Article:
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Escalating Tuition Bills

Posted by gradefund on December 12, 2008

Escalating Tuition Bills

Published: October 23, 2002

The public universities and colleges that grant three-quarters of this country’s degrees are becoming increasingly unaffordable to the poor and working-class students who have traditionally used them to move out of poverty into the middle class. This troubling trend was underscored yet again this week when the College Board released alarming data showing that public-college tuition had risen by nearly 10 percent — the largest increase in a decade. This sharp tuition rise follows a period when the costs of higher education have outpaced tuition aid.

The public college tuition hikes can be partly traced to the recession, but also to the long-term tendency of state legislatures to attack higher education in times of hardship. The rising tuition costs are made worse by the fact that federal tuition aid has failed to keep pace with the real costs of education. A quarter-century ago the federal Pell grants for lower-income students covered about 85 percent of the costs of attending a public college. Today they cover about 40 percent. To make matters worse, colleges and states have begun to award aid based on test scores and grades as opposed to need.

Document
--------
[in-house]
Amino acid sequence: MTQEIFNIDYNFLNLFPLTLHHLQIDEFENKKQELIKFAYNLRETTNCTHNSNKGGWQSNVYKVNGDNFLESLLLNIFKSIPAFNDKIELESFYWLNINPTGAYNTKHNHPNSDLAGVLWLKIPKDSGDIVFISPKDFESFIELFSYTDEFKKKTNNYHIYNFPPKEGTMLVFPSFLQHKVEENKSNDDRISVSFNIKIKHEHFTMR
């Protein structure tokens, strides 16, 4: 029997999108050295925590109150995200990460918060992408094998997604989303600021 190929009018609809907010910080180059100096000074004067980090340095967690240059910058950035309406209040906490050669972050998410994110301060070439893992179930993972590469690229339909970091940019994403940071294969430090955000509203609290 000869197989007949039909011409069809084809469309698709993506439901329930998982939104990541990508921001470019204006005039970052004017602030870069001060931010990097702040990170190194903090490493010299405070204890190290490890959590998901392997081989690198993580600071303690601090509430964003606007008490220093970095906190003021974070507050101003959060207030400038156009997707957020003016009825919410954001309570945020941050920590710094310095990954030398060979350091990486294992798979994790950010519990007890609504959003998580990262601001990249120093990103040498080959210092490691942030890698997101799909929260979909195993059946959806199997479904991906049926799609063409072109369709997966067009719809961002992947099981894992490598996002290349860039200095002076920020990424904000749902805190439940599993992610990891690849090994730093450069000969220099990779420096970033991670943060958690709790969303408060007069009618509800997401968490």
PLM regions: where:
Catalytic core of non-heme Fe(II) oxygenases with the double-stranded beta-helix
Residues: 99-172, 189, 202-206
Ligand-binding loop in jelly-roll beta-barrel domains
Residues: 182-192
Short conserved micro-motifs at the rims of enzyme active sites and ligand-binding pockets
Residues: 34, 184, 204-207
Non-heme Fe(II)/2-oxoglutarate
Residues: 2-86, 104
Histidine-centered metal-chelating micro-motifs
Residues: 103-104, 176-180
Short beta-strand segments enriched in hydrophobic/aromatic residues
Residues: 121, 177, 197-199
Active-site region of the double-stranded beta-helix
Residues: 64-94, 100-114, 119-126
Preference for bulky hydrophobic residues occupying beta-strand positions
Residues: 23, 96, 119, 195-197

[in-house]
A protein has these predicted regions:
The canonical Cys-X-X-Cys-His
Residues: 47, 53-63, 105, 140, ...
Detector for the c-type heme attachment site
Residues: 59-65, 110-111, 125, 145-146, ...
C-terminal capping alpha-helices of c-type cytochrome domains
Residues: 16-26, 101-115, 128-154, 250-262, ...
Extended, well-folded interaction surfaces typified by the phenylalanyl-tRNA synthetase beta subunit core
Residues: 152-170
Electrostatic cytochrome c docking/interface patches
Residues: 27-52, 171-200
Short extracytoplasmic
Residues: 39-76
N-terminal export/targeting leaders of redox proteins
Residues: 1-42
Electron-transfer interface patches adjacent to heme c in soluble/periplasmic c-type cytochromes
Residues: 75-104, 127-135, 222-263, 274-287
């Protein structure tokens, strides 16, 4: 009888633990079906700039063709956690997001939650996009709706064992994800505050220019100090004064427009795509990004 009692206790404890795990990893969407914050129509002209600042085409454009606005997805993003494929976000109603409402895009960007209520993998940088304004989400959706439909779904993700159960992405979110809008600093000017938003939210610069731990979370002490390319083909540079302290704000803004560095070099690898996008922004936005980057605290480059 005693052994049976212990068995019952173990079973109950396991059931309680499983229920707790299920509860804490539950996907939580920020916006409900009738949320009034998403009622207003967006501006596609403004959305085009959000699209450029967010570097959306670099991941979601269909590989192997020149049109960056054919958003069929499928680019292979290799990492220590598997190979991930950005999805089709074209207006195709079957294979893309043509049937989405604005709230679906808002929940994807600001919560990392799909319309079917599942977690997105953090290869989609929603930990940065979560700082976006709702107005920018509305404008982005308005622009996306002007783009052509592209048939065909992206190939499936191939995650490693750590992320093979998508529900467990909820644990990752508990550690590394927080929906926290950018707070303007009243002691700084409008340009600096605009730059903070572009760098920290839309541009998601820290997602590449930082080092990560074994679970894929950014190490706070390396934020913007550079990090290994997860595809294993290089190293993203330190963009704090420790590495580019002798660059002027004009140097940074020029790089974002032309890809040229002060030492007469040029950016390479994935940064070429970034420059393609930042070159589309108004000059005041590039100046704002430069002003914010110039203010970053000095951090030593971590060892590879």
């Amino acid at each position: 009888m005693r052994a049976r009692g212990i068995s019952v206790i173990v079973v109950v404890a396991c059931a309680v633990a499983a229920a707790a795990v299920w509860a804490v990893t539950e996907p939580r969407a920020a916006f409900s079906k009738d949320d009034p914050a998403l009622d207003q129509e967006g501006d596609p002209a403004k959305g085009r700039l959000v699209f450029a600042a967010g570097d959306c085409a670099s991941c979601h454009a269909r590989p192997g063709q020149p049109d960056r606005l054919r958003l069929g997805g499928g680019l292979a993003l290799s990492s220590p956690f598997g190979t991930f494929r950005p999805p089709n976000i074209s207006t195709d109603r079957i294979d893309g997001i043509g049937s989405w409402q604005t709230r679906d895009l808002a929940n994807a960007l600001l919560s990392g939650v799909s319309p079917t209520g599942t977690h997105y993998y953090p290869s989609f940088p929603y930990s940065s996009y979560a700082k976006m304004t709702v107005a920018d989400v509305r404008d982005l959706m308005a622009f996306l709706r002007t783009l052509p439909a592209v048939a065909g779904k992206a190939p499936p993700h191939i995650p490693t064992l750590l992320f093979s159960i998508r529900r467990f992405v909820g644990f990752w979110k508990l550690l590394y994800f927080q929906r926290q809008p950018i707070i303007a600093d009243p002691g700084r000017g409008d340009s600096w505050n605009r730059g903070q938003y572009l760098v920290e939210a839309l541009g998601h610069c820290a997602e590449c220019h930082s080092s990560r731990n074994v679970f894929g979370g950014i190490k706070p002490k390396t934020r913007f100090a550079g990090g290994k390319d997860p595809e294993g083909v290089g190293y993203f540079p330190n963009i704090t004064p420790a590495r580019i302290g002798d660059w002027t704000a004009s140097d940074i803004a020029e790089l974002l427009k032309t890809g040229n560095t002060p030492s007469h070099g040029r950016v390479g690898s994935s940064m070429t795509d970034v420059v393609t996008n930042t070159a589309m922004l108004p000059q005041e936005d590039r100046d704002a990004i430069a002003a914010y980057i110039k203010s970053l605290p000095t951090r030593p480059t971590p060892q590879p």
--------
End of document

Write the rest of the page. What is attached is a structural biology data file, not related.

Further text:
Congress needs to bring the Pell grants closer to the real cost of higher education. At the state level, legislatures need to remind themselves that they must open the road to college for poor and working-class residents before they underwrite tuition assistance for their wealthier constituents. If the current patterns persist, the country will end up back at that point in history when colleges were reserved mainly for the affluent few.


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